Focus isn't the only business that loses out if it doesn't grow, Brock said. She calculated that she spends about $4,700 a month on equipment, supplies and services other than rent. That money goes to other companies that, in turn, can reinvest the revenue and possibly hire more people.
If companies like Focus don't grow, she said, it stifles the whole cycle.
Brock isn't completely giving up on increasing her staff of therapists and para-professionals, or opening the Savannah location, or offering health insurance.
It's just that now isn't the time.
"I'm hoping something gives," she said.
In the mean time, some of the employees at Focus are still wrestling with the issue of health-care insurance.
Terry Kinton, a full-time therapist, is one of those who would take company-provided insurance if it were offered.
Kinton's husband, who has had significant medical problems, is covered under Medicare, and her three non-adult children qualify for coverage under Georgia's PeachCare program.
However, Kinton goes without health insurance for herself. The 51-year-old Canton resident hasn't had a serious medical issue, and she's been able to use the pay-what-you-can services offered by a Christian clinic near her home.
Still, she's concerned about what could happen.
If something catastrophic occurred, she acknowledged, "I'd be in trouble." Kinton said even if Focus was able to offer coverage, the roughly $300-a-month tab for her would be too much.
Kinton said she understands Brock's position. She pointed out that Focus is generous when it comes to providing other benefits, including occasional professional-training programs, a less risky expense.
"I think it's really hard for small businesses," Kinton said. "I don't see how people can make it. It's sad when you can't grow. Isn't that every business person's dream?"
Still, it's not as though Kinton hasn't contemplated looking for a job with health insurance.
"I won't tell you I haven't thought about it," she said.
WHAT EMPLOYERS NEED TO KNOW
The employer penalty applies in 2015 to employers with more than 50 full-time workers who don't offer affordable insurance that meets minimum standards.
Employer coverage is considered affordable if the employee's share of the annual premium for self-only coverage is no greater than 9.5 percent of his or her annual household income.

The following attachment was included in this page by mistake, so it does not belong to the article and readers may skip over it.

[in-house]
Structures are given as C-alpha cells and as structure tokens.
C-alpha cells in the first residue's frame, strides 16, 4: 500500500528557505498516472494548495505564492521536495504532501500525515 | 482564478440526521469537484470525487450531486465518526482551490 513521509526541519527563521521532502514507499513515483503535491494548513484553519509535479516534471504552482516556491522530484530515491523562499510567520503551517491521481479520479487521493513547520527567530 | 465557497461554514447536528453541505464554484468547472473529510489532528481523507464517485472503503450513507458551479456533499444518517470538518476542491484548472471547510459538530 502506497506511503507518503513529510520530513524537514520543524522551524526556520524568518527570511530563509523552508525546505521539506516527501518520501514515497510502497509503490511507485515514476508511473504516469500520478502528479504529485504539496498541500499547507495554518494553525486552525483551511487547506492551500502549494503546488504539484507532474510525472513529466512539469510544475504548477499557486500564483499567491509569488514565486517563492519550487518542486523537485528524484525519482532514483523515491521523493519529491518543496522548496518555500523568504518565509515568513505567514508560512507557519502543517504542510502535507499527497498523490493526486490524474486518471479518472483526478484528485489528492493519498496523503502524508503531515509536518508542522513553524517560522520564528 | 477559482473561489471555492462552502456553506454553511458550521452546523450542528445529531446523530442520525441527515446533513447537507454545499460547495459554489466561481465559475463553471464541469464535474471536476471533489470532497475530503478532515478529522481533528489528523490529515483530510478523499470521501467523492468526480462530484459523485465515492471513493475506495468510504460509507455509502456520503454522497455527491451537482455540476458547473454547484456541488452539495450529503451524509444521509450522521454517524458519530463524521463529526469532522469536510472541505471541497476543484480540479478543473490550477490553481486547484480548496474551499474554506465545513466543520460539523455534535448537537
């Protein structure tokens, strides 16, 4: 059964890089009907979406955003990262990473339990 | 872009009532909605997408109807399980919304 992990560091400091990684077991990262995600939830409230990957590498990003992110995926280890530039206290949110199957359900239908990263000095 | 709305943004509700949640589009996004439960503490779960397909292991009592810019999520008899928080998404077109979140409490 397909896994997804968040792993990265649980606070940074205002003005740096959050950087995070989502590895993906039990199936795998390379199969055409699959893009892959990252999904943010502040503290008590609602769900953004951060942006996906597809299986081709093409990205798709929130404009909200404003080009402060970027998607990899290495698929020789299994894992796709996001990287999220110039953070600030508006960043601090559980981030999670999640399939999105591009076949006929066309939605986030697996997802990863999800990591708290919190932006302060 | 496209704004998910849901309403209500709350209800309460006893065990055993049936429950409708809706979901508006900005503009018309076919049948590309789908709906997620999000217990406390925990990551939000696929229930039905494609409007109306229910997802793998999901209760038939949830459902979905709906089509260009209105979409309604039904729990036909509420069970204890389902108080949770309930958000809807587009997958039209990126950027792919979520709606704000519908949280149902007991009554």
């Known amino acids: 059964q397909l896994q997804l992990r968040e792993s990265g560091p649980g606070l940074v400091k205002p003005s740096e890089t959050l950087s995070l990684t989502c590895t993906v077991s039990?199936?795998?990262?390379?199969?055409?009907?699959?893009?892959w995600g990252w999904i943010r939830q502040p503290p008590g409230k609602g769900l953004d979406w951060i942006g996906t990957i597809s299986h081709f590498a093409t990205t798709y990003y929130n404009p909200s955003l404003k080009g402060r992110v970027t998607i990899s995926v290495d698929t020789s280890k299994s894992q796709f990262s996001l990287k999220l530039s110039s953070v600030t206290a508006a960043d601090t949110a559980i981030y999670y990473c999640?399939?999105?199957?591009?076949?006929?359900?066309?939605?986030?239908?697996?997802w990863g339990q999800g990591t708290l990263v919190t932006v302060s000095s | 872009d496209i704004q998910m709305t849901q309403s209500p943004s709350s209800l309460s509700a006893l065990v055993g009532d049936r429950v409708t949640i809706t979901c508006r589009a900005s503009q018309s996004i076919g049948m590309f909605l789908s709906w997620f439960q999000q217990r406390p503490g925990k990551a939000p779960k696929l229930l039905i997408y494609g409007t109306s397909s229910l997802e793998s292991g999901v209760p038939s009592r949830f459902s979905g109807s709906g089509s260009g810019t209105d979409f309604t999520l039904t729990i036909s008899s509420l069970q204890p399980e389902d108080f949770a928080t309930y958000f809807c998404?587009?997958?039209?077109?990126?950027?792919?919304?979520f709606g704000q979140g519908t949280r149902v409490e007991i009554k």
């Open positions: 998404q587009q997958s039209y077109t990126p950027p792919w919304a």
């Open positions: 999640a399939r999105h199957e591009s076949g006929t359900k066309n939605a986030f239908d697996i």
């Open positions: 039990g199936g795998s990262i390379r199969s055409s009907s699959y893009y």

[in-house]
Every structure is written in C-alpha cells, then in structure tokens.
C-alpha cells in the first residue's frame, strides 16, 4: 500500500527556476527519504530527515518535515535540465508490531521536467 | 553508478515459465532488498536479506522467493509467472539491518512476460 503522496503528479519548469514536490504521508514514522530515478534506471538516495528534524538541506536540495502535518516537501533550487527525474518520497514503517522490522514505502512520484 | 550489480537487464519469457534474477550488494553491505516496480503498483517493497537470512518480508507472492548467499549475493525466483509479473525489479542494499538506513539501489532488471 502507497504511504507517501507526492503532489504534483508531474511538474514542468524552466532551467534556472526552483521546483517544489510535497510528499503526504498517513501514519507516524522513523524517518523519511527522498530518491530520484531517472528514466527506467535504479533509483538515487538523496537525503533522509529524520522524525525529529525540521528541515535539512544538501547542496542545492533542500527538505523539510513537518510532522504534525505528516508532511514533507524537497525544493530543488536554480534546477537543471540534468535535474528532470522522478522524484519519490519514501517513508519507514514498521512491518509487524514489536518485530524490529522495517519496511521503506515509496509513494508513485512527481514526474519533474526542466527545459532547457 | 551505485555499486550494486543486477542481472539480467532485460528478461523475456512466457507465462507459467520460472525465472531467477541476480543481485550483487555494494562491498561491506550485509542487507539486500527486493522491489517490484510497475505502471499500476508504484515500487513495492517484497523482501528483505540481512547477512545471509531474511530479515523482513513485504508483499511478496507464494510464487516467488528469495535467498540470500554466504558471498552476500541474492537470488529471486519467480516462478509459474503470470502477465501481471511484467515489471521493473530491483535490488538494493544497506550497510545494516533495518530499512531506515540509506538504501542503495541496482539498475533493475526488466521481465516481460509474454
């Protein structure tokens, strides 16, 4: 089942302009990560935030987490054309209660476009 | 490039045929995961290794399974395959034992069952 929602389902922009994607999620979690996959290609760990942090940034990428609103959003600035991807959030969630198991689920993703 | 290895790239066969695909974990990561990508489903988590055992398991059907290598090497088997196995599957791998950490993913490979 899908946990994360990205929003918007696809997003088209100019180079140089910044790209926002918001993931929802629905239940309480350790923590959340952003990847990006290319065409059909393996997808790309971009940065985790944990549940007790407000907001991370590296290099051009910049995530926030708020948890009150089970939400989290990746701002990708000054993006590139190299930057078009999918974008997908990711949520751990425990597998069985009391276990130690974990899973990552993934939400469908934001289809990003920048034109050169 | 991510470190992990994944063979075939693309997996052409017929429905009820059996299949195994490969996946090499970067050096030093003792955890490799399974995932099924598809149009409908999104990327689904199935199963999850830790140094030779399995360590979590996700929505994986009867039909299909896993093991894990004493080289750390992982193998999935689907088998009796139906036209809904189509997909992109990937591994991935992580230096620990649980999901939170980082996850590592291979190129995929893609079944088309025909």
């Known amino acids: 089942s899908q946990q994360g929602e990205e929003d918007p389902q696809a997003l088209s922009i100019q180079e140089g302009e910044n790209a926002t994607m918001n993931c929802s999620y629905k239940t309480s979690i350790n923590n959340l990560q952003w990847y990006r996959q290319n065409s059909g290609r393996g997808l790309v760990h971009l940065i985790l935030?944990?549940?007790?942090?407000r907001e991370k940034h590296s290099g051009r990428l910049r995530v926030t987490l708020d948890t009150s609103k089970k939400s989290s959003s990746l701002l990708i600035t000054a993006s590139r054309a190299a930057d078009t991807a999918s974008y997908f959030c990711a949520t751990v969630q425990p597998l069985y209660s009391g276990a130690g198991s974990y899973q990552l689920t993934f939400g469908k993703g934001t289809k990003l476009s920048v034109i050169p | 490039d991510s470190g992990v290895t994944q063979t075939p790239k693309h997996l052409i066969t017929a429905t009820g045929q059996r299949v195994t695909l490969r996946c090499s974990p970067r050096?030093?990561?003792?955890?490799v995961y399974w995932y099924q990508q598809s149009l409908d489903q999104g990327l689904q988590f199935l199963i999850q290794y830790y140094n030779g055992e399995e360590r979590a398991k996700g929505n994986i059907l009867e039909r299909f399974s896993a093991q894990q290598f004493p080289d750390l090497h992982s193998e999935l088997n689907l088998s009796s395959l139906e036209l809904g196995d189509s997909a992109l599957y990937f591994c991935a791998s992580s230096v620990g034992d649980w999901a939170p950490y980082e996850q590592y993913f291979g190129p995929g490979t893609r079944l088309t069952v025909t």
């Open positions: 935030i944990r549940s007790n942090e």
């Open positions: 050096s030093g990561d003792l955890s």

An employer may not know an employee's household income, so the employer can avoid the penalty if the employee's share of the premium for employee-only coverage doesn't exceed 9.5 percent of their wages for that year as reported on the employee's W-2 form.
For employers who don't offer insurance, the annual penalty is $2,000 per full-time employee, excluding the first 30 employees.
An employer can face a $3,000 penalty even if it offers insurance. That can happen if the coverage would cost the employee more than 9.5 percent of his or her income, and if the employee opts not to buy it through the group plan but through the exchange, and then receives a credit based on income and family size.
A health plan must pay at least 60 percent of the total cost of medical services for a standard population.
WHAT EMPLOYEES NEED TO KNOW
In Georgia, employees can use the website, HealthCare.gov, to apply for coverage, compare plans and enroll. Individuals can apply as early as Oct. 1, 2013.
Individuals can learn about types of health coverage and research questions before open enrollment begins Oct. 1, 2013. Coverage can start as soon as Jan. 1, 2014.
If someone can afford it, but doesn't have health insurance coverage in 2014, the person might have to pay a fine. The person also must pay for all of his or her care.
The fine in 2014 is 1 percent of annual income or $95 per person for the year, whichever is higher. The fine increases every year. In 2016, it is 2.5 percent of income or $695 per person, whichever is higher.